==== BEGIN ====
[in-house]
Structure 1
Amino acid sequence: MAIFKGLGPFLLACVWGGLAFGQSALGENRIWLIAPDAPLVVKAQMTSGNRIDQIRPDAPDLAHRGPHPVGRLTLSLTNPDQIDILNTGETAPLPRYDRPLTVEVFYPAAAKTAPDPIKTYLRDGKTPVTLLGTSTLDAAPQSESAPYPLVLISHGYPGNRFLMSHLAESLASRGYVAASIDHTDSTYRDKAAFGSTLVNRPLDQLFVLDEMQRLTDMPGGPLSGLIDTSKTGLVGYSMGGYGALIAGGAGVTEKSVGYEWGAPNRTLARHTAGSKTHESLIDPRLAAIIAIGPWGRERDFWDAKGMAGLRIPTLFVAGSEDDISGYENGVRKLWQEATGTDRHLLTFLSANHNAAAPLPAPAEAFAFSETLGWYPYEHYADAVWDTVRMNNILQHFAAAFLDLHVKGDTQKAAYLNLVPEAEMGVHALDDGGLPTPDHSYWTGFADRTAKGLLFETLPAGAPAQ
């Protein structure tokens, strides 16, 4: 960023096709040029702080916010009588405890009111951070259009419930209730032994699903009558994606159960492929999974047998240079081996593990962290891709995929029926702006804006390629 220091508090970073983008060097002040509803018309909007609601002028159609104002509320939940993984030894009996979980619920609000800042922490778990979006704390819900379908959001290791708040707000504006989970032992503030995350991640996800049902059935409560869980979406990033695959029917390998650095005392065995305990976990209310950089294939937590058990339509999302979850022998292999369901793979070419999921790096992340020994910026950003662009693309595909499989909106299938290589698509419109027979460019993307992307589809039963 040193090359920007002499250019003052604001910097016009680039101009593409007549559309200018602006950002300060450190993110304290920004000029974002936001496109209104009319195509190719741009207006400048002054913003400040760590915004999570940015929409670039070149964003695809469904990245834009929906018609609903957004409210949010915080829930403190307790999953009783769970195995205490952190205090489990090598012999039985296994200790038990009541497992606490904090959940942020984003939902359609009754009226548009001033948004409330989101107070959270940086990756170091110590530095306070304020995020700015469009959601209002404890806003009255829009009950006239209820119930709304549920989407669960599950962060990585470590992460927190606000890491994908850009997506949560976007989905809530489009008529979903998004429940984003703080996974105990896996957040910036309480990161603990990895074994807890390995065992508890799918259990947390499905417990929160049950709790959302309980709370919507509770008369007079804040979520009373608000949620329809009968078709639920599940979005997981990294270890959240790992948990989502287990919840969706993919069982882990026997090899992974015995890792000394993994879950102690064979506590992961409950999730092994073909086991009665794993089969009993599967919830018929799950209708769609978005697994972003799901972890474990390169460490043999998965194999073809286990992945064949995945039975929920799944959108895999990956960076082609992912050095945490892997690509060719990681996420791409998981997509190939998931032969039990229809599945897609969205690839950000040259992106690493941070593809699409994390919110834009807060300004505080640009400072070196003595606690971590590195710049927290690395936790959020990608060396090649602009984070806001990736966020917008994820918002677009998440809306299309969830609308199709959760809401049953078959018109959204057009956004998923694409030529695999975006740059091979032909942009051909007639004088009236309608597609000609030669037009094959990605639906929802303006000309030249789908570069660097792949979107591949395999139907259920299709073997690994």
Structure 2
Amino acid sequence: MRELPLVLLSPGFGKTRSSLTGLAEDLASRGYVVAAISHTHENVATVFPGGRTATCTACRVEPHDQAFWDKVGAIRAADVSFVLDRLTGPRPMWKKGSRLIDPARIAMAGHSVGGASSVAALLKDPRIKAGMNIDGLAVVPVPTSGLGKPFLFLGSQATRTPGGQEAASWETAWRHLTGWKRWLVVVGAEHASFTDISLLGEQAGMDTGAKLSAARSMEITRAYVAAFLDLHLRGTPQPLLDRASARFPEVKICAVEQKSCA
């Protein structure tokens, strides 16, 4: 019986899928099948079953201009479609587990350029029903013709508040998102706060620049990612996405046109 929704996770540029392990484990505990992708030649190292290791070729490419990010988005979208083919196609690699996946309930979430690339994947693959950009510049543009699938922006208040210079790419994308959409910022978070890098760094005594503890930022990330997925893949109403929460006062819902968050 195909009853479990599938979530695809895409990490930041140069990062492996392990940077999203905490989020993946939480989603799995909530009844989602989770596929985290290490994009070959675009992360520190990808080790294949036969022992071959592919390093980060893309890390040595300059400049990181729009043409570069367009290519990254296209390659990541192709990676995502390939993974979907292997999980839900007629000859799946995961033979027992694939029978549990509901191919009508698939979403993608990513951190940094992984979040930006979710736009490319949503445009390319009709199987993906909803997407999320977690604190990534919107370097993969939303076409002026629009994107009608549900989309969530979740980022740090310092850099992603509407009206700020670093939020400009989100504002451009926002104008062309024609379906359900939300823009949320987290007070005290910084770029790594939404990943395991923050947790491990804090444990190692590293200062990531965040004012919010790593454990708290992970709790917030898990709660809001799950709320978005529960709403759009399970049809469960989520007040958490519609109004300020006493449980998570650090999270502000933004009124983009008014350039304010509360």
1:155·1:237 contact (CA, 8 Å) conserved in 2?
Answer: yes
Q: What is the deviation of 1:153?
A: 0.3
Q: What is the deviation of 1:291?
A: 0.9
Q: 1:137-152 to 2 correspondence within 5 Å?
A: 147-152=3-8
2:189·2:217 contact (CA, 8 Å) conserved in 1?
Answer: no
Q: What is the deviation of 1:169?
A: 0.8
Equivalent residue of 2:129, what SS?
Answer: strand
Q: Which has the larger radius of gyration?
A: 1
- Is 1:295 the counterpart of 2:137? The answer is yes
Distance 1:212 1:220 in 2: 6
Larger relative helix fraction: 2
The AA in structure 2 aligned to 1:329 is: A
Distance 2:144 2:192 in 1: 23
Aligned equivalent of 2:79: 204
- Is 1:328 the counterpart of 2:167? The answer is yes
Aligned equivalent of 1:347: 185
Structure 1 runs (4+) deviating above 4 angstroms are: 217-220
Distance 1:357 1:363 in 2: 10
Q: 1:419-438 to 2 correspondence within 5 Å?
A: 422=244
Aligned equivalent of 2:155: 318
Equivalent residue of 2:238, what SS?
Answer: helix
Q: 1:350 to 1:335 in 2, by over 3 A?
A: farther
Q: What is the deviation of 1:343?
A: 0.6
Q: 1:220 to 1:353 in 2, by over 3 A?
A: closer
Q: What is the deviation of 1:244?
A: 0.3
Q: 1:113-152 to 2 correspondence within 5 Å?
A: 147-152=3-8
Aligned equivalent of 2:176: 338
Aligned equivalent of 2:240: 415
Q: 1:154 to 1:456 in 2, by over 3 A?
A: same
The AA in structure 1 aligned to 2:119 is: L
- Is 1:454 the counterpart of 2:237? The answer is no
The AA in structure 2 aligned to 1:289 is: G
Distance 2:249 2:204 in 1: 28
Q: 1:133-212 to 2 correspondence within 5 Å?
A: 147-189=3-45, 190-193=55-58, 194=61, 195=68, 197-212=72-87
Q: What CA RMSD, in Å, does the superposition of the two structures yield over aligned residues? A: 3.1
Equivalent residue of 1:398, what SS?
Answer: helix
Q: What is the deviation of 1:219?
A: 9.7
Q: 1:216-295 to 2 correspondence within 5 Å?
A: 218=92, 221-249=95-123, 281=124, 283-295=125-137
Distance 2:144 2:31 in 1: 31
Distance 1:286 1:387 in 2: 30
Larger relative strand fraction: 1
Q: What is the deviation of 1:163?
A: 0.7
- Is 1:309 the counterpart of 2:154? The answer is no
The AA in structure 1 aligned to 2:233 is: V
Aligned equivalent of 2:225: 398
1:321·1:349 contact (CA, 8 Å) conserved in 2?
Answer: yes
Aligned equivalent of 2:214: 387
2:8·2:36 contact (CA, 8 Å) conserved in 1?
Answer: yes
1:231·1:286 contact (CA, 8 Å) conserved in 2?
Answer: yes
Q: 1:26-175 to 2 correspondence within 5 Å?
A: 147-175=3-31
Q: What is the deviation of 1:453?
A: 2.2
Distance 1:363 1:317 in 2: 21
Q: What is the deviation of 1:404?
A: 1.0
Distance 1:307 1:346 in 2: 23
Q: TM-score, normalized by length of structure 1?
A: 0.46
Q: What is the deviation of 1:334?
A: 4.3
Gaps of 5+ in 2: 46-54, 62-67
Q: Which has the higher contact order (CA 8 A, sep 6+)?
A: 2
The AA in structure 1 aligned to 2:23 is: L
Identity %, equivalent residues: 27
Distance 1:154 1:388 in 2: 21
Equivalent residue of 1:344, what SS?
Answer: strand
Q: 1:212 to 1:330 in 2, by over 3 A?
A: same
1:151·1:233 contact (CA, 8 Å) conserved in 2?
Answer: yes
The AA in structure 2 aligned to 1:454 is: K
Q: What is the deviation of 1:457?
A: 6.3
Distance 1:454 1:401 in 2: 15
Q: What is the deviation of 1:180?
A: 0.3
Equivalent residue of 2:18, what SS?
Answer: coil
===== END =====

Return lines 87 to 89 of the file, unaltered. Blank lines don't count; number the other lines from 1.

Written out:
A: 1.0
Distance 1:307 1:346 in 2: 23
Q: TM-score, normalized by length of structure 1?